Artist as Entrepreneur | Session One: Laying Groundwork for Success
This workshop provides a strategic approach to developing and sustaining life as a professional artist. Participants will be given an overview of the arts ecosystem and help in clarifying career direction, plus wider awareness of options for exposure and support. Emphasis will be on the cultivation of an entrepreneurial mindset to identify independent and nontraditional alternatives while encouraging critical thinking about artists’ roles and place in society. The workshop will introduce business basics needed by artists today, such as planning, marketing and communications, fundraising, finance and legal issues. By the end of the day, students will have initiated a personal plan and clarified their values, choices, and goals for the future.
Nationally-acclaimed artist Deborah Oropallo will share remarks about her own experience, joining participants for the reception featuring local bites and beverages.
TEXTBOOK (included in workshop fee):
Business of Art: An Artist’s Guide to Profitable Self-Employment, 2nd edition. Published by Center for Cultural Innovation, 2012.
Kathryn Reasoner has won awards and recognition for her advocacy on behalf of artists in society and for her transformational leadership of Bay Area institutions such as di Rosa and the Headlands Center for the Arts. Her professional activities have been diverse and wide-ranging, including service on international, national and regional arts boards, juries, and commissions. She has taught for two decades at art colleges and universities in the US and Japan and continues to pursue broad interests in the field, speaking, and advising arts and cultural institutions locally and abroad.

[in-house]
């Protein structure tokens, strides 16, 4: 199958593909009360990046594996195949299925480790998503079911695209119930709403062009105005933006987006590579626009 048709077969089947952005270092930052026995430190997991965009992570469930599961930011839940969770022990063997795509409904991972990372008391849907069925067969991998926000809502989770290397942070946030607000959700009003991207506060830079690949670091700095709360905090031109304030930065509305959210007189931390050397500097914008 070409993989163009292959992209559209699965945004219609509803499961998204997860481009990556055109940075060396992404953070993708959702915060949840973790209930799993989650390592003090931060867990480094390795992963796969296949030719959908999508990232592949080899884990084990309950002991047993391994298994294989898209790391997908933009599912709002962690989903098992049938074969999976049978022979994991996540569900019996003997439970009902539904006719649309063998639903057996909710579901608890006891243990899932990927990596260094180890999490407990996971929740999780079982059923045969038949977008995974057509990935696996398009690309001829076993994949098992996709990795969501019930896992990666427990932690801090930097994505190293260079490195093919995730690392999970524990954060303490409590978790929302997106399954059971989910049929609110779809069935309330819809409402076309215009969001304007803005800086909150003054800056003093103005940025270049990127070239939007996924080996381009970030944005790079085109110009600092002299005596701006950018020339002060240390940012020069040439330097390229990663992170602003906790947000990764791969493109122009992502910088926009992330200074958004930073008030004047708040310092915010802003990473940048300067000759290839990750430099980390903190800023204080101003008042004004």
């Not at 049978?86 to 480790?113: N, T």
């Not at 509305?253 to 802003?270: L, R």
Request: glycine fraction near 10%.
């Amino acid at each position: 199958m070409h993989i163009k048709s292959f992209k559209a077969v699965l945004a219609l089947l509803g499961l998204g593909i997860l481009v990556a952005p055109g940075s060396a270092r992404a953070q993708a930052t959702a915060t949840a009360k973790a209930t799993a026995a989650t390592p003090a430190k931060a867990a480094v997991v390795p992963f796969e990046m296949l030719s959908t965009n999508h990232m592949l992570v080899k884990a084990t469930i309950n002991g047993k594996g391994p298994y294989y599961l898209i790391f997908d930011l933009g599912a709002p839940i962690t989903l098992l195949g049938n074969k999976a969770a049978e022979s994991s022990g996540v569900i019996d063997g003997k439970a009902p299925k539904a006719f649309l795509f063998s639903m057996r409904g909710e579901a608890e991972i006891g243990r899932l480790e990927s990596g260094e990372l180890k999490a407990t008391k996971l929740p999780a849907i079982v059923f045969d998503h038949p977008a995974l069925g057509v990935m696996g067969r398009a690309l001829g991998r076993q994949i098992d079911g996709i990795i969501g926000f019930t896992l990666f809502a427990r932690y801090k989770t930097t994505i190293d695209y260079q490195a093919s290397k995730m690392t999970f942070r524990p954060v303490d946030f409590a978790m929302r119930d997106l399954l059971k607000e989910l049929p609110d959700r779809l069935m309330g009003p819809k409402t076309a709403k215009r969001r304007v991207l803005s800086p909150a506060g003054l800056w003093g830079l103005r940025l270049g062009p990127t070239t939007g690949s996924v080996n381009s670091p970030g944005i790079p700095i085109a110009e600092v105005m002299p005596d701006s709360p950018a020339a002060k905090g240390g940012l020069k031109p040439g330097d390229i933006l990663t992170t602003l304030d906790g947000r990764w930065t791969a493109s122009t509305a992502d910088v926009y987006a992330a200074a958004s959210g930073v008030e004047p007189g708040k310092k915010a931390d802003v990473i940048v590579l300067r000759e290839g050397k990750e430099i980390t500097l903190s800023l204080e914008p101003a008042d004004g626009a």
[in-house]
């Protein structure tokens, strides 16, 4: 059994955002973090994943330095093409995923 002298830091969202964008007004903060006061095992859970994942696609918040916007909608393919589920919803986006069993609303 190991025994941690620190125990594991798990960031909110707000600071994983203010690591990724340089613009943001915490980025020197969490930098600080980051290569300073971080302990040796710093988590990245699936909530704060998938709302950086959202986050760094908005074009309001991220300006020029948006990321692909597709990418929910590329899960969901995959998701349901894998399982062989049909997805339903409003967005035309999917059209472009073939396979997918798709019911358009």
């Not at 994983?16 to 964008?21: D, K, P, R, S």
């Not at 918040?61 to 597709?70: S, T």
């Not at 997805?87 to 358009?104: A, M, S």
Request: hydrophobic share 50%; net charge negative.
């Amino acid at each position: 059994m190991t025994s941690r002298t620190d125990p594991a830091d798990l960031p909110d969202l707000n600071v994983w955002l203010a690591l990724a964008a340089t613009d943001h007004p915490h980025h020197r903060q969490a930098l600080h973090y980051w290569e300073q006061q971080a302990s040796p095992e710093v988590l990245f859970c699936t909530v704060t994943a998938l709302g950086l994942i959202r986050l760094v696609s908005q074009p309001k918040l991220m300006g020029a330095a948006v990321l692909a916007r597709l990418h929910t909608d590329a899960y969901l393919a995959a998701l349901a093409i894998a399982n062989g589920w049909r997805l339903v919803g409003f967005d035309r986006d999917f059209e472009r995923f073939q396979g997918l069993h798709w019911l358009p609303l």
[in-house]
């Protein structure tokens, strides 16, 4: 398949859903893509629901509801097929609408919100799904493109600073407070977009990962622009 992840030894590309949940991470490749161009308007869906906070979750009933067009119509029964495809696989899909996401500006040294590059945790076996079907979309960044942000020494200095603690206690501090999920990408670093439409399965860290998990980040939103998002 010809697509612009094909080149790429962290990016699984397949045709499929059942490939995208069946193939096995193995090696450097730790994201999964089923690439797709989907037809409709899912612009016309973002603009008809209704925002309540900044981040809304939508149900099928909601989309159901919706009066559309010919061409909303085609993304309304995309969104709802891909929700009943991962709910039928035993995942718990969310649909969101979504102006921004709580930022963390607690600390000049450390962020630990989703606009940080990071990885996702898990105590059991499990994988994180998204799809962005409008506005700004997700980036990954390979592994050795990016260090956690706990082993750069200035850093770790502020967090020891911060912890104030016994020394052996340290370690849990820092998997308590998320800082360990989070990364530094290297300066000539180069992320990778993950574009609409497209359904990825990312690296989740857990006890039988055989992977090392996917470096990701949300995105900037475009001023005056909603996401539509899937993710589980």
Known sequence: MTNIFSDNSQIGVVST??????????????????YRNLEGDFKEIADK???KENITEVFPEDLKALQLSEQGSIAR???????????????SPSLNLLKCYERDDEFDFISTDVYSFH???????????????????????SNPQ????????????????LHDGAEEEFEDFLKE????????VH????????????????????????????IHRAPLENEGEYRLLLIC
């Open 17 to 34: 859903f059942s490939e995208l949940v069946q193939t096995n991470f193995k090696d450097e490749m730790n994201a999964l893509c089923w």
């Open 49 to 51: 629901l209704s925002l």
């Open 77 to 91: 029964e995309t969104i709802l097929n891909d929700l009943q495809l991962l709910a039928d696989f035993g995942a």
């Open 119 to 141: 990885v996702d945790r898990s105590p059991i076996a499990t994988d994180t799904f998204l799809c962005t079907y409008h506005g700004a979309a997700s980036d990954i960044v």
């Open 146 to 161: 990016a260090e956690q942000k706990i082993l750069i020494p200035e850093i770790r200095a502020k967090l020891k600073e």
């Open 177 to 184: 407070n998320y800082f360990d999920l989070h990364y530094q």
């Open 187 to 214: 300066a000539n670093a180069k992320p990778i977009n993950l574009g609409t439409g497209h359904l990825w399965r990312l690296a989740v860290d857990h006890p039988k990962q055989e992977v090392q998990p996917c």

Deborah Oropallo was born in Hackensack New Jersey. She received a B.F.A. from Alfred University and an M.A/M.F.A. from The University of California, Berkeley. Although originally trained in painting, Oropallo’s practice incorporates mixed media including photomontage, computer editing, print technique, and paint. Her composite works utilize layered visual sources to produce a dense interplay between time, place, form and content. The resulting works bear traces of the distortions that evolve or remain from digital manipulation and removal. Oropallo’s work has been featured in solo exhibitions at the de Young Museum, the Boise Art Museum, Montalvo Gallery, and the San Jose Museum of Art. Her work has been included in group exhibitions at the Whitney Biennial, The San Francisco Museum of Art, the Corcoran Gallery Biennial, the Jewish Museum, and the Richmond Art Center. Oropallo’s work has been featured in two monographs: POMP (2009) published by Gallery 16, and How To, published by the San Jose Museum of Art. Oropallo is also a recipient of a National Endowment for the Arts Award, a Eureka Fellowship from the Fleishhacker Foundation, the Engelhard Award and a grant from the Pollock-Krasner Foundation.